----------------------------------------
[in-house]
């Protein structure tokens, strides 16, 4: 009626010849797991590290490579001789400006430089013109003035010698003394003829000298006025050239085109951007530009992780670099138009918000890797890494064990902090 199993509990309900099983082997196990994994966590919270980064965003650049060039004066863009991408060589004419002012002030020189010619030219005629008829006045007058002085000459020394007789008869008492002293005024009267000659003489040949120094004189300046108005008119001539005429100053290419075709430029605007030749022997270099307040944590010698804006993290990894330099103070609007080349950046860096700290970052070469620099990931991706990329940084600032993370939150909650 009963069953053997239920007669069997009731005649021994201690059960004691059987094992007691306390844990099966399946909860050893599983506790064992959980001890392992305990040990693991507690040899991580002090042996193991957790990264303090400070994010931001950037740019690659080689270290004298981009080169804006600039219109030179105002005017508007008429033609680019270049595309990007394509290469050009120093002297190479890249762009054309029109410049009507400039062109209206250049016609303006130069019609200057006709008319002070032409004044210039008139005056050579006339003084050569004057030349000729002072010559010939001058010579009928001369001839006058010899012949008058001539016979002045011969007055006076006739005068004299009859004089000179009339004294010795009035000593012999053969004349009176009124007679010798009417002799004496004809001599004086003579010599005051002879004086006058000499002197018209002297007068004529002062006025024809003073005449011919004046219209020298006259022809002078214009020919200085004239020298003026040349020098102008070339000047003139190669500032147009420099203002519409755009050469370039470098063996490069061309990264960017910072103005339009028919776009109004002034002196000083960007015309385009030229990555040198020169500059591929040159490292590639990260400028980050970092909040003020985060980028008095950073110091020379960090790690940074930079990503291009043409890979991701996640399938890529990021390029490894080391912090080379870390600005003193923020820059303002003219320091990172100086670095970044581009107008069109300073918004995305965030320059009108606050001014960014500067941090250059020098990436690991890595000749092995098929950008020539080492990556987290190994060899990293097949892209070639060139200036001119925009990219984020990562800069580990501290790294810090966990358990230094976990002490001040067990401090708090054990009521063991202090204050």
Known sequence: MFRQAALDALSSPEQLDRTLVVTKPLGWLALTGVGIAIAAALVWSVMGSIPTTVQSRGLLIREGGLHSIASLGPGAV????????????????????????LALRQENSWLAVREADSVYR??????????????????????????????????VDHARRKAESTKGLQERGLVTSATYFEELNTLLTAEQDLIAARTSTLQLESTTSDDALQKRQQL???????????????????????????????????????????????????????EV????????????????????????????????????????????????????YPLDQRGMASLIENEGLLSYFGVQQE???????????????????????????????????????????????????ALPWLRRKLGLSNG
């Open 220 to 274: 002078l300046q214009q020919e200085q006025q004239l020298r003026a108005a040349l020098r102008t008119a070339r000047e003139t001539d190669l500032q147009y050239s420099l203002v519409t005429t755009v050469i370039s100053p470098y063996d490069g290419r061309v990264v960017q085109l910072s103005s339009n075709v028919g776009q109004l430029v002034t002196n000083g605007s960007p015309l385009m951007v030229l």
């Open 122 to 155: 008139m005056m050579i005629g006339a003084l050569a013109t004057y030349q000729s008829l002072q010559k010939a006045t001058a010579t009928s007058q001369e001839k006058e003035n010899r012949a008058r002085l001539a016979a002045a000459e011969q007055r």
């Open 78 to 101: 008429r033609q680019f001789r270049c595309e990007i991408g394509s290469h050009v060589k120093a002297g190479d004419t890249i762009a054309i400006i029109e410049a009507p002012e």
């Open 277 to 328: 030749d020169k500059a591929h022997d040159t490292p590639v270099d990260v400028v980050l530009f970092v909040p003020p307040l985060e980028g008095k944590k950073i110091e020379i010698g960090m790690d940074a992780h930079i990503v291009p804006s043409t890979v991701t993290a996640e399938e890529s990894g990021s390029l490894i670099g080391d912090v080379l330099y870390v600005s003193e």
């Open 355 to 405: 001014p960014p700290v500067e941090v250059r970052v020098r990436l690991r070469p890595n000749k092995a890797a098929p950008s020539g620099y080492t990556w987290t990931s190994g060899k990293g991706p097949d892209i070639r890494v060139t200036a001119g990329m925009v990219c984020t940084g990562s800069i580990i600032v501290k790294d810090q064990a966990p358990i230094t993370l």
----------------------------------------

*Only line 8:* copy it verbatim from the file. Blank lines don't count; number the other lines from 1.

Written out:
């Open 355 to 405: 001014p960014p700290v500067e941090v250059r970052v020098r990436l690991r070469p890595n000749k092995a890797a098929p950008s020539g620099y080492t990556w987290t990931s190994g060899k990293g991706p097949d892209i070639r890494v060139t200036a001119g990329m925009v990219c984020t940084g990562s800069i580990i600032v501290k790294d810090q064990a966990p358990i230094t993370l």